A ventilator is a mechanical device to assist a person’s breathing when they're unable to inhale and exhale adequately on their own. Ventilators take over breathing requirements by forcing air into and out of the lungs. At their most basic, they can simply be a tube inserted into the airway and a flexible bag that pushes air into the patient's respiratory tract when squeezed. The most advanced versions are highly sophisticated electronic devices that can monitor and automatically support lung function.
A ventilator mechanically pushes low pressure air into patient’s lungs, then facilitates easy exhalation. Ventilators may also add extra oxygen to the air being pushed into patient’s lungs, thus enhancing the amount available for the patient’s body. Air pressure must be low to prevent lung rupture.
Ventilators provide this air at high volume in timed intervals to simulate breathing rhythms, thus providing patient with essential respiration. Some use a mechanical bellows to provide pressurized air, while other designs utilize a rotating fan. Controls can be simple mechanical devices or sophisticated electronic controls.
Hospital and Medevac Use
Ventilators used in hospitals may have multiple electronic sensors and controls to fine-tune the exact parameters necessary for each individual patient. These parameters can be adjusted by the respiratory therapist according to established standards. Ambulances and medical transport aircraft can be equipped with ventilators to keep patients alive while they're transported to a treatment facility.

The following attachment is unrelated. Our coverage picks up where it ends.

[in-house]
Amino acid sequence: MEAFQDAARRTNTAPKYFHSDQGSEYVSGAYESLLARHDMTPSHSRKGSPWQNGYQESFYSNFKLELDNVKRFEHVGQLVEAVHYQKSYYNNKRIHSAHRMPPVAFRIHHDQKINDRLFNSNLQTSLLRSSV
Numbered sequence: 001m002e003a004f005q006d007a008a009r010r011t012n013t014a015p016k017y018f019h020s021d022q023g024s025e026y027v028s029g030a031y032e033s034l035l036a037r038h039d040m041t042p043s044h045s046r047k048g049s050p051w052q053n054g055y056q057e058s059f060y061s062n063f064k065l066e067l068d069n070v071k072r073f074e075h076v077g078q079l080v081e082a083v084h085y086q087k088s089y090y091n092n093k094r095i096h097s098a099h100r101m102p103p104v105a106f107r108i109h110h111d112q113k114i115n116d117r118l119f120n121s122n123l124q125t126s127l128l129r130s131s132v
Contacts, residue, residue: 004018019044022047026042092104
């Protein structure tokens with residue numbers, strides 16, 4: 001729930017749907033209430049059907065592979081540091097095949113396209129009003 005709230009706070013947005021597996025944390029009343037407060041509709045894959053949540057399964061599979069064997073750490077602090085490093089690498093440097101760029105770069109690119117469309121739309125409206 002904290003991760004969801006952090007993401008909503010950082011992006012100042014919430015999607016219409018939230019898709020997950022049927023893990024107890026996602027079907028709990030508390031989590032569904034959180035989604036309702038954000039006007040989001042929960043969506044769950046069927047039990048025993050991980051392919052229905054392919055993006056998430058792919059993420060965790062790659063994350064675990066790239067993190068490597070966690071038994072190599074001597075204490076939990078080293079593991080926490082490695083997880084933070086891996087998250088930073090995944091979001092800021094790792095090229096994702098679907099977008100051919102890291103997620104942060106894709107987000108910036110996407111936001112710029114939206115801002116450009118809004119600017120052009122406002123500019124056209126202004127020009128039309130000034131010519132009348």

Ventilators are in short supply due to the 2020 COVID-19 pandemic sweeping around the world, and manufacturers are struggling to meet the surging demand. World conflicts and politics are complicating their response, as each region tries to secure its own people against the worst effects of the virus.
Garage tinkerers and inventors are stepping into the brink to ease the supply crisis. There are multiple new concepts and iterations of ventilators being constructed by these tinkerers and inventors in an attempt to help meet the need.
Do Ventilator Save Lives?
Many lives are being saved by the use of ventilators, as they supply crucial oxygen when a patient's ability to breathe has been compromised. When the patient has recovered sufficiently to breathe on their own, they are gradually weaned away from the ventilator.
This writer is proof that ventilators work! Late October of 2017 I was taken to a small local hospital ER with difficulty breathing. I was admitted and everyone thought I was improving. Less than 24 hours later I suddenly lost ability to breathe, so I was intubated and “bagged.” The respiratory therapist squeezed an AMBU bag (Artificial Manual Breathing Unit) to provide me with forced air.
Our local hospital didn't have a ventilator due to its small size. The combination of respiratory and heart (CPR) continued for about two hours, until a Medevac chopper with a ventilator could be arranged and deployed to transport me to larger regional hospital. I was on a ventilator in Cardiac ICU for nearly four days. Now, approximately two and a half years later I have achieved remarkably good recovery and am able to do physical labor again.
Whether relatively simple or highly advanced, these life saving machines continue to provide incredibly valuable service in health care settings around the world.